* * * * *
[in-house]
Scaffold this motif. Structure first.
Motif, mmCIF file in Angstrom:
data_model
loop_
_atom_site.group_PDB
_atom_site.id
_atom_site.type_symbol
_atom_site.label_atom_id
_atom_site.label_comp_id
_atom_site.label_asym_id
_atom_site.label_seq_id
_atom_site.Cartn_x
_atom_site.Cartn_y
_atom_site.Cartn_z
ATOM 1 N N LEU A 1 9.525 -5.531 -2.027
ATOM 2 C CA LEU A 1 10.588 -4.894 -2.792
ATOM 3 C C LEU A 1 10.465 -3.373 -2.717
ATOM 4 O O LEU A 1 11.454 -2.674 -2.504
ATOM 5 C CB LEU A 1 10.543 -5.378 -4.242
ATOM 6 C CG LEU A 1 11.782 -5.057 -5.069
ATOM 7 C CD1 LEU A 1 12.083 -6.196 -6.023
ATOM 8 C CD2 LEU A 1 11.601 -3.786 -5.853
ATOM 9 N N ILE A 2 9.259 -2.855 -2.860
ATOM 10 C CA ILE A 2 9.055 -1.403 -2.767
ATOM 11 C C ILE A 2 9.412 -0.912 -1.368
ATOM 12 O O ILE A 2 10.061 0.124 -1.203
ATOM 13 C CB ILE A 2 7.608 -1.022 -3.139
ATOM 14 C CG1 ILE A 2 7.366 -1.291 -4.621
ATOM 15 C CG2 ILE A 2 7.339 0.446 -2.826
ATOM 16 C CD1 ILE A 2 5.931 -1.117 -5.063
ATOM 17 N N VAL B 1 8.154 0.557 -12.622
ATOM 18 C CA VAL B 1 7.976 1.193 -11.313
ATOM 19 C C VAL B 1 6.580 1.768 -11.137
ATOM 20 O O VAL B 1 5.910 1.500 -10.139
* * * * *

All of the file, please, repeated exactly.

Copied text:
[in-house]
Scaffold this motif. Structure first.
Motif, mmCIF file in Angstrom:
data_model
loop_
_atom_site.group_PDB
_atom_site.id
_atom_site.type_symbol
_atom_site.label_atom_id
_atom_site.label_comp_id
_atom_site.label_asym_id
_atom_site.label_seq_id
_atom_site.Cartn_x
_atom_site.Cartn_y
_atom_site.Cartn_z
ATOM 1 N N LEU A 1 9.525 -5.531 -2.027
ATOM 2 C CA LEU A 1 10.588 -4.894 -2.792
ATOM 3 C C LEU A 1 10.465 -3.373 -2.717
ATOM 4 O O LEU A 1 11.454 -2.674 -2.504
ATOM 5 C CB LEU A 1 10.543 -5.378 -4.242
ATOM 6 C CG LEU A 1 11.782 -5.057 -5.069
ATOM 7 C CD1 LEU A 1 12.083 -6.196 -6.023
ATOM 8 C CD2 LEU A 1 11.601 -3.786 -5.853
ATOM 9 N N ILE A 2 9.259 -2.855 -2.860
ATOM 10 C CA ILE A 2 9.055 -1.403 -2.767
ATOM 11 C C ILE A 2 9.412 -0.912 -1.368
ATOM 12 O O ILE A 2 10.061 0.124 -1.203
ATOM 13 C CB ILE A 2 7.608 -1.022 -3.139
ATOM 14 C CG1 ILE A 2 7.366 -1.291 -4.621
ATOM 15 C CG2 ILE A 2 7.339 0.446 -2.826
ATOM 16 C CD1 ILE A 2 5.931 -1.117 -5.063
ATOM 17 N N VAL B 1 8.154 0.557 -12.622
ATOM 18 C CA VAL B 1 7.976 1.193 -11.313
ATOM 19 C C VAL B 1 6.580 1.768 -11.137
ATOM 20 O O VAL B 1 5.910 1.500 -10.139